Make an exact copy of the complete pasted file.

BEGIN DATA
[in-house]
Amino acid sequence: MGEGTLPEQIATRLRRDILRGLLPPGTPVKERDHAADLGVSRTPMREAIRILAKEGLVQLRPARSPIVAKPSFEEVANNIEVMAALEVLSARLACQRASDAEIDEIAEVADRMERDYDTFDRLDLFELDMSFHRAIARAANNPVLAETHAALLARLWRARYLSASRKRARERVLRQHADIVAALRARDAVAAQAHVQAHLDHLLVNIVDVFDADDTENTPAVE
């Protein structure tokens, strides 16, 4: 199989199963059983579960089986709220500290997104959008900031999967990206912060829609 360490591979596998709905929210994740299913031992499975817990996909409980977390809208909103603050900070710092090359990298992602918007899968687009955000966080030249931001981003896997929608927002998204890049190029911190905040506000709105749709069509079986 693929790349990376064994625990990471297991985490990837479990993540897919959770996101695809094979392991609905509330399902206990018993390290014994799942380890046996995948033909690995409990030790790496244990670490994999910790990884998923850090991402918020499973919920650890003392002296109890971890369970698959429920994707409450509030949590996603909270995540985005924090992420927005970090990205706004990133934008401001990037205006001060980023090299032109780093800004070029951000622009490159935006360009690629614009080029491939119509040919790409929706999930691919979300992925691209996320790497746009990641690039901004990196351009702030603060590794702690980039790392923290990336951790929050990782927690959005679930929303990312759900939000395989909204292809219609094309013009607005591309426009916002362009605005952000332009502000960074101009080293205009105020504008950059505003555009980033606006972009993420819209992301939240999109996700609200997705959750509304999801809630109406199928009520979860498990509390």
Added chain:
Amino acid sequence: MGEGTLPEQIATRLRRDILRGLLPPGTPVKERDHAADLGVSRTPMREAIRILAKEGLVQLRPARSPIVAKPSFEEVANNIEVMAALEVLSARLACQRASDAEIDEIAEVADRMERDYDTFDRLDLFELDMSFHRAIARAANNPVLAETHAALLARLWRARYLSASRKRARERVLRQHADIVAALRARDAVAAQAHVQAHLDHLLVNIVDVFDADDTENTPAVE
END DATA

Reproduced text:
[in-house]
Amino acid sequence: MGEGTLPEQIATRLRRDILRGLLPPGTPVKERDHAADLGVSRTPMREAIRILAKEGLVQLRPARSPIVAKPSFEEVANNIEVMAALEVLSARLACQRASDAEIDEIAEVADRMERDYDTFDRLDLFELDMSFHRAIARAANNPVLAETHAALLARLWRARYLSASRKRARERVLRQHADIVAALRARDAVAAQAHVQAHLDHLLVNIVDVFDADDTENTPAVE
């Protein structure tokens, strides 16, 4: 199989199963059983579960089986709220500290997104959008900031999967990206912060829609 360490591979596998709905929210994740299913031992499975817990996909409980977390809208909103603050900070710092090359990298992602918007899968687009955000966080030249931001981003896997929608927002998204890049190029911190905040506000709105749709069509079986 693929790349990376064994625990990471297991985490990837479990993540897919959770996101695809094979392991609905509330399902206990018993390290014994799942380890046996995948033909690995409990030790790496244990670490994999910790990884998923850090991402918020499973919920650890003392002296109890971890369970698959429920994707409450509030949590996603909270995540985005924090992420927005970090990205706004990133934008401001990037205006001060980023090299032109780093800004070029951000622009490159935006360009690629614009080029491939119509040919790409929706999930691919979300992925691209996320790497746009990641690039901004990196351009702030603060590794702690980039790392923290990336951790929050990782927690959005679930929303990312759900939000395989909204292809219609094309013009607005591309426009916002362009605005952000332009502000960074101009080293205009105020504008950059505003555009980033606006972009993420819209992301939240999109996700609200997705959750509304999801809630109406199928009520979860498990509390």
Added chain:
Amino acid sequence: MGEGTLPEQIATRLRRDILRGLLPPGTPVKERDHAADLGVSRTPMREAIRILAKEGLVQLRPARSPIVAKPSFEEVANNIEVMAALEVLSARLACQRASDAEIDEIAEVADRMERDYDTFDRLDLFELDMSFHRAIARAANNPVLAETHAALLARLWRARYLSASRKRARERVLRQHADIVAALRARDAVAAQAHVQAHLDHLLVNIVDVFDADDTENTPAVE